In an email sent out to Wayne State employees on July 20, President M. Roy Wilson gave an update regarding the elevated levels of lead found in campus water fountains. He said 47 sites on campus, drinking fountains and faucets, were confirmed to have levels of lead and/or copper near, at or above EPA action levels, and those sites have been removed from service until they can be remediated.
Wilson discussed how the Office of Environmental Health and Safety, along with Facilities Planning & Management, and Housing and Residential Life, collected 3,249 water samples from WSU’s 100 buildings. He described the water testing as a “logistical challenge requiring detailed planning and hard work.”
In the email, Wilson explained the testing process.
“Before each sample could be taken, water had to be run the night before and then allowed to sit for at least six hours,” he said.
Marc Edwards, a civil engineering/environmental engineer and professor at Virginia Tech, confirmed that this process is known as pre-flushing.
“The EPA sent a memo in February or so, requesting that pre-flushing be stopped,” he said. “Indeed, pre-flushing can make lead in water lower when sampling than it is when people are drinking the water. It is a sampling instruction that we now know can miss lead in water hazards.”
An internal memo by the EPA’s Miguel Del Toral, published by the American Civil Liberties Union of Michigan, said, “The practice of pre-flushing before collecting compliance samples has been shown to result in the minimization of lead capture and significant underestimation of lead levels in drinking water.”
According to an article by The Guardian in January 2016, “Michigan amended its water testing rules in the wake of the Flint poisoning crisis.” The article said that the pre-flushing practice was removed from state water testing rules by the Michigan Department of Environmental Quality.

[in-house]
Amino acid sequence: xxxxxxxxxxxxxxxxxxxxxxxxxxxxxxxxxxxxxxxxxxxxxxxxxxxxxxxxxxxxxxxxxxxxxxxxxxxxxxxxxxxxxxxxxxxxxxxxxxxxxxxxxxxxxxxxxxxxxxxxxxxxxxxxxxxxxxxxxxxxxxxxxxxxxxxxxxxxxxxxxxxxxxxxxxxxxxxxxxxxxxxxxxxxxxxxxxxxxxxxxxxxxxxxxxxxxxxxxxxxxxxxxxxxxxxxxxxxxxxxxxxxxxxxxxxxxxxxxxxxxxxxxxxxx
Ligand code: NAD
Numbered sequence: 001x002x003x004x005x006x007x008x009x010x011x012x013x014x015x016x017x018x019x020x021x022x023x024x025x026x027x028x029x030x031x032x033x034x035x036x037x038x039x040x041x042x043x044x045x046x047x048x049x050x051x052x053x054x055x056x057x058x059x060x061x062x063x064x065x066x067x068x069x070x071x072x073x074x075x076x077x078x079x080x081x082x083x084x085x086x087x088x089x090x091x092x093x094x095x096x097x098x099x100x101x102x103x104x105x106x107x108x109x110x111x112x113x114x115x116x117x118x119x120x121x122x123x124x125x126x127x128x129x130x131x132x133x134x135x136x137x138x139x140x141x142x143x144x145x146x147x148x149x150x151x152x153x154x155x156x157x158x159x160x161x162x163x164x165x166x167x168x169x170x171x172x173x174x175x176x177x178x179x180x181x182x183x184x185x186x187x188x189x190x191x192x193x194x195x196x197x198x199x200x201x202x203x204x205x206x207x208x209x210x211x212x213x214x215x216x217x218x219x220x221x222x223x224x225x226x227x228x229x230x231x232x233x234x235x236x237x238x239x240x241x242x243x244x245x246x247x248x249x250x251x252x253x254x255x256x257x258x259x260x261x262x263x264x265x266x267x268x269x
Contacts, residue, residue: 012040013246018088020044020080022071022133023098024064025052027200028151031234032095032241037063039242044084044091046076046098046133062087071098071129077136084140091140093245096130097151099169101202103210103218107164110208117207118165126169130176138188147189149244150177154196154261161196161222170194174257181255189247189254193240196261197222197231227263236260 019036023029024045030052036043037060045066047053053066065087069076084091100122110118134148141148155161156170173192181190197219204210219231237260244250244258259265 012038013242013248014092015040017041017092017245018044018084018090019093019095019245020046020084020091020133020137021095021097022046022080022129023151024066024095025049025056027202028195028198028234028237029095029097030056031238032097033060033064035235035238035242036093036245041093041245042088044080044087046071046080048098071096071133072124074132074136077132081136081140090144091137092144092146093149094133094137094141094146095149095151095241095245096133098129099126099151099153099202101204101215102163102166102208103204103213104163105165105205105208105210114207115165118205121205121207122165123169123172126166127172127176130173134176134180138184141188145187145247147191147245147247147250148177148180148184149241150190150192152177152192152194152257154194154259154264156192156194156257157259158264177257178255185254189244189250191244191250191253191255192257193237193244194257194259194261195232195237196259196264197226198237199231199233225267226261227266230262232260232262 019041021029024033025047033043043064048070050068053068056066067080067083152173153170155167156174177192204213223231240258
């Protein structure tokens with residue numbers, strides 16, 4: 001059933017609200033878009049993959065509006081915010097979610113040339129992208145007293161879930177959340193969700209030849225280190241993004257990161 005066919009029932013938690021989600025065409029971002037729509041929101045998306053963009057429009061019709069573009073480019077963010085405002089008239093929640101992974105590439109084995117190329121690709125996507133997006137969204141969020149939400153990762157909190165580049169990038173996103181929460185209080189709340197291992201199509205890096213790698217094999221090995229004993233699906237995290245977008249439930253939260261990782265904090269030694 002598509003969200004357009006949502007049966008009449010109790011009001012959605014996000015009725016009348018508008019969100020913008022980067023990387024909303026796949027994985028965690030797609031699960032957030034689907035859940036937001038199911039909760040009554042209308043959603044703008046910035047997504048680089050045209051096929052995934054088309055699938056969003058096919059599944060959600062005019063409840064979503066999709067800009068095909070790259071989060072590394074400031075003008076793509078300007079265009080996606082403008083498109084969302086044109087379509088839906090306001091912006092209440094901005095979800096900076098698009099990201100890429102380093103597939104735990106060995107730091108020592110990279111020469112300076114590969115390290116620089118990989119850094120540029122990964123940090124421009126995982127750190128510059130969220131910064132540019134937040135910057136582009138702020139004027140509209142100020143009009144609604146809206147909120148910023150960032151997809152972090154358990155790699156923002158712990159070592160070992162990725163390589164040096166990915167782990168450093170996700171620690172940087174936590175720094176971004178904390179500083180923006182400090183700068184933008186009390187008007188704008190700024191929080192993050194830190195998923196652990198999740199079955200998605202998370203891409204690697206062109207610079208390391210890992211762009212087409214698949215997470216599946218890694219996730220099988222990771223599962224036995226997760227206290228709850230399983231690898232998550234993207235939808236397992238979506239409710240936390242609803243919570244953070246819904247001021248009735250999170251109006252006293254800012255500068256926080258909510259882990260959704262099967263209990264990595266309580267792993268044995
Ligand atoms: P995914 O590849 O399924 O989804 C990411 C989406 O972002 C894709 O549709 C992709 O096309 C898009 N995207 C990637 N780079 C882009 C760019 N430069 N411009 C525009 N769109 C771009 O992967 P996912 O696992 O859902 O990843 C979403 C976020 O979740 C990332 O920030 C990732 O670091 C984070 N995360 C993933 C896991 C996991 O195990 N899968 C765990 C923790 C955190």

“Unfortunately, any testing on campus is voluntary, so people can do whatever they want,” Edwards said.
“There are no laws at all defining what is acceptable – the system in place protecting us from lead in water at schools, whether it is day care, elementary, high school or colleges, is completely voluntary,” he said. “You can have hazardous waste levels of lead coming out of a tap in a daycare, and it is perfectly legal.”
According to the EPA’s website, “thousands of public schools and licensed child care facilities are not regulated under the Safe Drinking Water Act.” WSU falls under this criteria.
“There is no federal law requiring sampling of drinking water in schools that receive water from other public water systems,” according to EPA documents. “Schools served by a public water system may be included as a sampling location (i.e., tap) for a public water system’s lead and copper monitoring program, but there are no federal requirements for more extensive testing.”
Rob Moon, director of the Office of Environmental Health and Safety, said, “We do understand the implications of our testing protocol. It is still the standard protocol.”
He said pre-flushing is not prescribed as standard protocol, but it’s also not prohibited.
“MDEQ and EPA state that the water must sit still for six hours prior to sampling, and we’ve met the criteria,” he said.
Moon said this round of testing involved over three thousand samples and “we wanted to be able to have a valid comparison. “
“This round of sampling was basically step one,” he said. “We plan, moving forward, to continue monitoring the drinking water on campus. Any elevated results are being investigated. Many of these had elevated results in the first test, but then had multiple tests afterward that came up much lower, and we’re going to investigate these sources.”
Moon added that the Office of Environmental Health and Safety will be performing random sampling on an ongoing basis without pre-flushing.
“This project was massive, absolutely massive, and we felt that it was important to follow the established standard and a systematic protocol for testing, so that our results really provide some valid information.”
To view a complete list of all of the buildings that have been tested for lead levels, click here: https://wayne.edu/campus-water?utm_source=link&utm_medium=email-578e5126ea1de&utm_campaign=Campus+water+update&utm_content